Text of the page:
In a leap forward for laser technology, a team at University of California, Santa Barbara, has developed the first violet nonpolar vertical-cavity surface-emitting lasers (VCSELs) based on m-plane gallium nitride semiconductors.
This recent discovery by LED pioneer Shuji Nakamura and his research team at UCSB is an achievement in VCSEL technology that opens doors for higher optical efficiency lasers at greatly reduced manufacturing costs for a variety of applications.
VCSELs offer advantages over conventional edge-emitting laser technology for some applications. On-wafer testing of VCSEL arrays during the manufacturing process, for example, can save costs compared to edge-emitting lasers that require additional steps before they can be tested. VCSELs exhibit low threshold currents, circular and low divergence output beams, and are easily integrated into two-dimensional arrays.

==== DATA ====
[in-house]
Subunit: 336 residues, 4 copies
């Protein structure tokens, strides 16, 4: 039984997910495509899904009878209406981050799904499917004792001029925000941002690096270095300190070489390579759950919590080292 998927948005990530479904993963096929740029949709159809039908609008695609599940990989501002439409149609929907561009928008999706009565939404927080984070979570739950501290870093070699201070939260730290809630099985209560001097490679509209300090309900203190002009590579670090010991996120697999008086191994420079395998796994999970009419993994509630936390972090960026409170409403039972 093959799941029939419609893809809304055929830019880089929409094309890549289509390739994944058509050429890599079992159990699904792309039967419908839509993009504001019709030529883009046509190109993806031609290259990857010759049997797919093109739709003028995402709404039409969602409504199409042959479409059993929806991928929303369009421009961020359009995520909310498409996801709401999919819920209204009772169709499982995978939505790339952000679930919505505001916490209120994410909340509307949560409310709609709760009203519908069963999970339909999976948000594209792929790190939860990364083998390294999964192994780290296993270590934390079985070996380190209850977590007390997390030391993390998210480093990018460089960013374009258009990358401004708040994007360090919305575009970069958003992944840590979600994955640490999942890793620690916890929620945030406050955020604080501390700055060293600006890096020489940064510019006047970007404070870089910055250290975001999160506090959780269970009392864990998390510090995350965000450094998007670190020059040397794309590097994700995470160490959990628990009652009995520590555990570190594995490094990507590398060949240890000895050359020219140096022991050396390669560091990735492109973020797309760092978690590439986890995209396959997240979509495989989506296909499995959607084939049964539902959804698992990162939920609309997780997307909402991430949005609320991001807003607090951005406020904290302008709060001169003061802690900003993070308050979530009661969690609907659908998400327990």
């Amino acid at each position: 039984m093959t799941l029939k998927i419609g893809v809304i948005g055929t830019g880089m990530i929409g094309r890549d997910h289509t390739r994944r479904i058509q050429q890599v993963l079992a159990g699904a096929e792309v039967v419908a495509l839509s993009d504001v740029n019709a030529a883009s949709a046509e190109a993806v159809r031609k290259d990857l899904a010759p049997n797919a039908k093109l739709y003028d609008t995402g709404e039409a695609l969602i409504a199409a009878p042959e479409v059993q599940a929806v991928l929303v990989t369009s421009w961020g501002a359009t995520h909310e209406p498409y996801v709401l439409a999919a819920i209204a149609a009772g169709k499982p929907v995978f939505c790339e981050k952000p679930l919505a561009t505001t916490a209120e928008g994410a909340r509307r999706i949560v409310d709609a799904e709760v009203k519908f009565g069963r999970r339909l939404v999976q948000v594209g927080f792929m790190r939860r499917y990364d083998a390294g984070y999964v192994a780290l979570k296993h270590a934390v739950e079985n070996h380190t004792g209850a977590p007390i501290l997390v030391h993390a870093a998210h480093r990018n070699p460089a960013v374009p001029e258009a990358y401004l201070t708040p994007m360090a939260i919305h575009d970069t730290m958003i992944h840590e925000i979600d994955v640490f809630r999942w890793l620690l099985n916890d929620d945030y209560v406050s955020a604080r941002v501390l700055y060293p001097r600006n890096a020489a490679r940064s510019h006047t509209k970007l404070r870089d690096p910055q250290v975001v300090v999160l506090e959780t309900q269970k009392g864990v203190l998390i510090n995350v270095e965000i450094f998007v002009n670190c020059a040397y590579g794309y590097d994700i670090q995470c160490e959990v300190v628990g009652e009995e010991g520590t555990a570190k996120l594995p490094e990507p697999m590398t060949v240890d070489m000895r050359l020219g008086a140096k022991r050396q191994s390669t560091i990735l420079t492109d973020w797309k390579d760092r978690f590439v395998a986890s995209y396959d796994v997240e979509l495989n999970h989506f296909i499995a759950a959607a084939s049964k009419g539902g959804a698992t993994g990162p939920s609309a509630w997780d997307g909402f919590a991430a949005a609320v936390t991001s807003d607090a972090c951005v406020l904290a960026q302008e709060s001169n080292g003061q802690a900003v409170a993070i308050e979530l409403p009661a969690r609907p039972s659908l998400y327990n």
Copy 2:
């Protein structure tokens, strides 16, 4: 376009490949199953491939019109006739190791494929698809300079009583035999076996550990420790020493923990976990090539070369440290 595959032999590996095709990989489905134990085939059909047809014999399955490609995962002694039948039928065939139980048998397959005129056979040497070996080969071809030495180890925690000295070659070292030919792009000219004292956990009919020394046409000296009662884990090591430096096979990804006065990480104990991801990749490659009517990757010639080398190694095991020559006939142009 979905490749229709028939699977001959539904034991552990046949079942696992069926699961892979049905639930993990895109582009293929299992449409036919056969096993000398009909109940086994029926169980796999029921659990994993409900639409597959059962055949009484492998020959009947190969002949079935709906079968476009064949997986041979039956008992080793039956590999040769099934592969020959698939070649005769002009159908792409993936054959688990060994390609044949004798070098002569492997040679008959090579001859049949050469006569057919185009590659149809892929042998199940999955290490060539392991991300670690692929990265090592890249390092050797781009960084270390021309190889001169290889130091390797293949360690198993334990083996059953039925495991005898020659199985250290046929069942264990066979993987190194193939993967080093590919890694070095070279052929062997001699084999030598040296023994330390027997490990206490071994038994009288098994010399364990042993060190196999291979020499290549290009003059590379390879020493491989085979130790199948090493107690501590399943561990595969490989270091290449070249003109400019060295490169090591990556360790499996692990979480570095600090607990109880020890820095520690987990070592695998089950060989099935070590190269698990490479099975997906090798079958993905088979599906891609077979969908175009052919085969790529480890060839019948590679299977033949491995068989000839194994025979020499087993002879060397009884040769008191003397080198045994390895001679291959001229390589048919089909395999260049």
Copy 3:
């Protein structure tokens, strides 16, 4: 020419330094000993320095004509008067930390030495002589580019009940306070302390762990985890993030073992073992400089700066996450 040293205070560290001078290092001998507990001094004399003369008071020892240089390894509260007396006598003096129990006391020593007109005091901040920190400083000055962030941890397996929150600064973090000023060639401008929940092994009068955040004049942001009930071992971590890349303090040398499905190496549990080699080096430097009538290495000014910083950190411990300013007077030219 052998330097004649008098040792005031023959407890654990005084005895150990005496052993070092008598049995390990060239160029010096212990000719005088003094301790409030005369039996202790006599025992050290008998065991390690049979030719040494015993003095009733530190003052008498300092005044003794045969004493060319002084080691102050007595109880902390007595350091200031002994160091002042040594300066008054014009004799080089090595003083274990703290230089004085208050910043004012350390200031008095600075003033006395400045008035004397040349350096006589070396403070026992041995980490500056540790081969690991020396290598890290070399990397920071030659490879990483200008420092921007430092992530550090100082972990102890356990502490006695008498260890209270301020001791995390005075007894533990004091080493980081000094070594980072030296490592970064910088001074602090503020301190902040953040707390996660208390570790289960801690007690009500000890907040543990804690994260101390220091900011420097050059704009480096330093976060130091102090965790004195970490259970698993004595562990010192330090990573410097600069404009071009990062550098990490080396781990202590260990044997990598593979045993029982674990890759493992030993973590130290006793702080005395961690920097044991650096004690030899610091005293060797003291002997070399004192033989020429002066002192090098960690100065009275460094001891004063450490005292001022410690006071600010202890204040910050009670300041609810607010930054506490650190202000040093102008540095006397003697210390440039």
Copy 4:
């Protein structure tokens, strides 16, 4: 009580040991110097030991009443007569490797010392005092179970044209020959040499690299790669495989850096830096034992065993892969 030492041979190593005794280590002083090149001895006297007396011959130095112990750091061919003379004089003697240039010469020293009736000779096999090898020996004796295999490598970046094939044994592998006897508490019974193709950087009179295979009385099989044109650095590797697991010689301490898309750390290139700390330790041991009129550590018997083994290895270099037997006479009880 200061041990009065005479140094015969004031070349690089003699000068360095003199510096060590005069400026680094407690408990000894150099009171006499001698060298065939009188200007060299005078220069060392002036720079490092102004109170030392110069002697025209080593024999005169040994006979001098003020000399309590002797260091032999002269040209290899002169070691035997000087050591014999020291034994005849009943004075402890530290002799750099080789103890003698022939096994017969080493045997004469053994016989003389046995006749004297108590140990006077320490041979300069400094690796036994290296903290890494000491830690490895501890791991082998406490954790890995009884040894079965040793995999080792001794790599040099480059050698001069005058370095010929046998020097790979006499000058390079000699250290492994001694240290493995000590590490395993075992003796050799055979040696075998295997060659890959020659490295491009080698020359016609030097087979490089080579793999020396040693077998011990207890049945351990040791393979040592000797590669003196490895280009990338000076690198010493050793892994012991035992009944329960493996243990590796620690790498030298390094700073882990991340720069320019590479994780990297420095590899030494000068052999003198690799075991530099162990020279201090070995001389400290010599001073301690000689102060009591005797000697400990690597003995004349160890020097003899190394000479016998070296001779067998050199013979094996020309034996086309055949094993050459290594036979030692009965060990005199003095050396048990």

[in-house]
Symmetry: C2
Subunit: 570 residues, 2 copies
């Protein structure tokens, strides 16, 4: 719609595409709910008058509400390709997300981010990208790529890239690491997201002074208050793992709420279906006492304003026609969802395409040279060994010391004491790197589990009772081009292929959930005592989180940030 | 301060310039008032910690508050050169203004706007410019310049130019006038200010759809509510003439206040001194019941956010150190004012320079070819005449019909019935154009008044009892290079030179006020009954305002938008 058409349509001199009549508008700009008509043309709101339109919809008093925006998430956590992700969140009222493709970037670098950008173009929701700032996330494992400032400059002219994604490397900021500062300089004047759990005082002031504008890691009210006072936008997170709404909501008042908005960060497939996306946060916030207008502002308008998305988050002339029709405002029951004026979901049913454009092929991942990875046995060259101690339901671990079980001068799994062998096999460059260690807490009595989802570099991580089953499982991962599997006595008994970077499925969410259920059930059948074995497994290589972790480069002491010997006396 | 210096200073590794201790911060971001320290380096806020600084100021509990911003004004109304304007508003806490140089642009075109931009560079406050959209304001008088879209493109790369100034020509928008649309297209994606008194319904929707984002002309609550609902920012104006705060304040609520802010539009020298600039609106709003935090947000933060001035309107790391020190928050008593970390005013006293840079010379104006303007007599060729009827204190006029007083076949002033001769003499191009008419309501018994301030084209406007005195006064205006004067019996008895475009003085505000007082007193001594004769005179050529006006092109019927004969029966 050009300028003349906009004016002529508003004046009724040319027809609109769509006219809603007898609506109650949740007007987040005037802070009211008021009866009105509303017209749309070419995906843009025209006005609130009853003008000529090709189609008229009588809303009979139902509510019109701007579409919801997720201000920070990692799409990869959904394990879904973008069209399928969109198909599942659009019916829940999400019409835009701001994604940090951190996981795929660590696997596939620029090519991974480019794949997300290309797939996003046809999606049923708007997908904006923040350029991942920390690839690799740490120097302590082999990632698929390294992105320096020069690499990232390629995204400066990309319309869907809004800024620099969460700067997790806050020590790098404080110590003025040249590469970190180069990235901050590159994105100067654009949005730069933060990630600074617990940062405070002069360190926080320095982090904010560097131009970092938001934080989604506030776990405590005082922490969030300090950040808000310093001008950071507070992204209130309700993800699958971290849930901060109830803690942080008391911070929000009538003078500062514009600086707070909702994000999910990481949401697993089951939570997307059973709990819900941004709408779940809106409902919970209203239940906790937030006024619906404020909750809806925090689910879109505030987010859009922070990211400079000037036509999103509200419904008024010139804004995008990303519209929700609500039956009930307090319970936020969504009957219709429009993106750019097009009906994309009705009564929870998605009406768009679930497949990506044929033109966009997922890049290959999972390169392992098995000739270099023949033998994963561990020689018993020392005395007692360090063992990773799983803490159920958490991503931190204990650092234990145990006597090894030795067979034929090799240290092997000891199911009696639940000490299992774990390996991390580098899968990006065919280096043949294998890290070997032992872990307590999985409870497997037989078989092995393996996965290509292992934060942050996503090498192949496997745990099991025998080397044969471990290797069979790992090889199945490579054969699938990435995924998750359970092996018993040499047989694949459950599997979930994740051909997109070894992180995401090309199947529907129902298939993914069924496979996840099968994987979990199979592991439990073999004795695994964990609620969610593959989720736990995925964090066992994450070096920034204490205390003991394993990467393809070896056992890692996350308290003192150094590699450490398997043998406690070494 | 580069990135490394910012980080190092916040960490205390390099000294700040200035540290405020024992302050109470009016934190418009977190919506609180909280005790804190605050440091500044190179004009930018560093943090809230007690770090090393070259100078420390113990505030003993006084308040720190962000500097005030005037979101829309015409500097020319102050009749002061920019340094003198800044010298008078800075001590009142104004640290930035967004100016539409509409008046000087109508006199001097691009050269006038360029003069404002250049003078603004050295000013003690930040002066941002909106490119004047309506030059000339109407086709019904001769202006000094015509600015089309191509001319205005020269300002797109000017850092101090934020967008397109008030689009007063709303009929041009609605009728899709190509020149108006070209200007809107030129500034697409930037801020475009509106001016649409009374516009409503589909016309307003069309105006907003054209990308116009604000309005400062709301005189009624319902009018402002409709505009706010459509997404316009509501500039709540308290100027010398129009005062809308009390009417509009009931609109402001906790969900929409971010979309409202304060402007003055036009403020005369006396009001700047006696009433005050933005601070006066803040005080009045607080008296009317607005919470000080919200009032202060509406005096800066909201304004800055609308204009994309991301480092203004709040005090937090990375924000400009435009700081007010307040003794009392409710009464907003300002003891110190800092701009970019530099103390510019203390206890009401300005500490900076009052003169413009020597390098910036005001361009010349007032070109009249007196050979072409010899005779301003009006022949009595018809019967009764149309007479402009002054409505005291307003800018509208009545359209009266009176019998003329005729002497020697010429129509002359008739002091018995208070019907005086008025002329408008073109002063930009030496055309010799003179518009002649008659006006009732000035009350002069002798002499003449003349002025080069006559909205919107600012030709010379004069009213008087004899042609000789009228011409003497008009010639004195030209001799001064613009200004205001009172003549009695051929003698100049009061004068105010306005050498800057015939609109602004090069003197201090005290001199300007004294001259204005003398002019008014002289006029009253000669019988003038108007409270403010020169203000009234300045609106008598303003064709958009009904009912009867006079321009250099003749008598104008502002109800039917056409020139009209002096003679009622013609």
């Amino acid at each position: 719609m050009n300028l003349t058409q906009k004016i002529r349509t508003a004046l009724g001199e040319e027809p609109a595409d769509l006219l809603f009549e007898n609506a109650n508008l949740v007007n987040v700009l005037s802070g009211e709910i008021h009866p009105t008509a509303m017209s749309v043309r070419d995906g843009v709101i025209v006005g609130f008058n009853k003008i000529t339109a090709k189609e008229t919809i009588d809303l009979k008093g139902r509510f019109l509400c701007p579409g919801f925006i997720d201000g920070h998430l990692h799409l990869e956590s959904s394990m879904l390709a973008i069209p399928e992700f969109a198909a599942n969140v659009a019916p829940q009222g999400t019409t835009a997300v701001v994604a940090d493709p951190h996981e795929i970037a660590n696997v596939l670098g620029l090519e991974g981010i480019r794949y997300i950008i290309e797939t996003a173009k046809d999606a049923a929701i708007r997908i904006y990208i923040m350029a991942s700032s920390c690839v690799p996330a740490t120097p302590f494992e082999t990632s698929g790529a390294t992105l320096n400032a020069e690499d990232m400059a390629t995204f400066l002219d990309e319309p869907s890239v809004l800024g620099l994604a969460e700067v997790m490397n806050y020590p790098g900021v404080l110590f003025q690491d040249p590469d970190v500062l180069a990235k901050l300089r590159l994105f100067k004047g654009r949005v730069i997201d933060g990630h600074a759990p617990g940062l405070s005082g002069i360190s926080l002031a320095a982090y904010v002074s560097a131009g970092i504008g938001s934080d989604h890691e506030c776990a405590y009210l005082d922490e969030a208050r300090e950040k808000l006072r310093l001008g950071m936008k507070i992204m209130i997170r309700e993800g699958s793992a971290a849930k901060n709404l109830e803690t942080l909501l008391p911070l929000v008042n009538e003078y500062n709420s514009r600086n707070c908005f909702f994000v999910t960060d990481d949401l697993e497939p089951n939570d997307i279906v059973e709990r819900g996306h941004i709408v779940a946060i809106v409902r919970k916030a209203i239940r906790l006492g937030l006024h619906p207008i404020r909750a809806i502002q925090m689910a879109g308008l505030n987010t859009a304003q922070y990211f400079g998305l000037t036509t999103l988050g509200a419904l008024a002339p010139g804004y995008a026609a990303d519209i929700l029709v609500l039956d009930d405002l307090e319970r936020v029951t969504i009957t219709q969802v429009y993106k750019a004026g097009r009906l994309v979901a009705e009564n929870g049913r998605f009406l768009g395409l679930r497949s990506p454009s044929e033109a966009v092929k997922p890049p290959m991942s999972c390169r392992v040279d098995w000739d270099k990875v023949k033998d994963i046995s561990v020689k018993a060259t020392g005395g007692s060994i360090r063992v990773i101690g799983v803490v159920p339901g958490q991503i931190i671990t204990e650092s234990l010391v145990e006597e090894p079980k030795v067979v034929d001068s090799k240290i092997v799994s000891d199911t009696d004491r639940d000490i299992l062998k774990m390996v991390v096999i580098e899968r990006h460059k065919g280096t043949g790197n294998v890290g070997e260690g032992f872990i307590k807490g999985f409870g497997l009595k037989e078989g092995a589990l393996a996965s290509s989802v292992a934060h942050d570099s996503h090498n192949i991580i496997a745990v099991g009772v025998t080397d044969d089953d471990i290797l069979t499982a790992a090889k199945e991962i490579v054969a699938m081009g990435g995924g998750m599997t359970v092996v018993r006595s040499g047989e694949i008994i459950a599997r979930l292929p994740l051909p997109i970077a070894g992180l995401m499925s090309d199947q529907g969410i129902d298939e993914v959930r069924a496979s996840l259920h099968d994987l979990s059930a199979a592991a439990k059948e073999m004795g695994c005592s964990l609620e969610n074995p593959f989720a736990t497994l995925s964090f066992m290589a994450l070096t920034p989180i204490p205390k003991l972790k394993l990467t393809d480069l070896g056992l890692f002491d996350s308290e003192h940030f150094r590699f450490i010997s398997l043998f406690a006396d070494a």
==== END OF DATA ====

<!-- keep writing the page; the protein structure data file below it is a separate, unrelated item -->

The nonpolar VCSEL platform also provides high optical gain, which helps to increase optical efficiency of devices. “The nonpolar VCSEL could enable new products and applications, such as pico-projectors for smartphones, mobile cinema, or even automotive lighting,” said DenBaars, professor of Materials.
The enhanced laser performance and prospects for significantly improved cost-effectiveness demonstrated is likely to have important impact on future generations of flat panel displays, mobile phones and lighting.
This story is reprinted from material from UC Santa Barbara, with editorial changes made by Materials Today. The views expressed in this article do not necessarily represent those of Elsevier. Link to original source.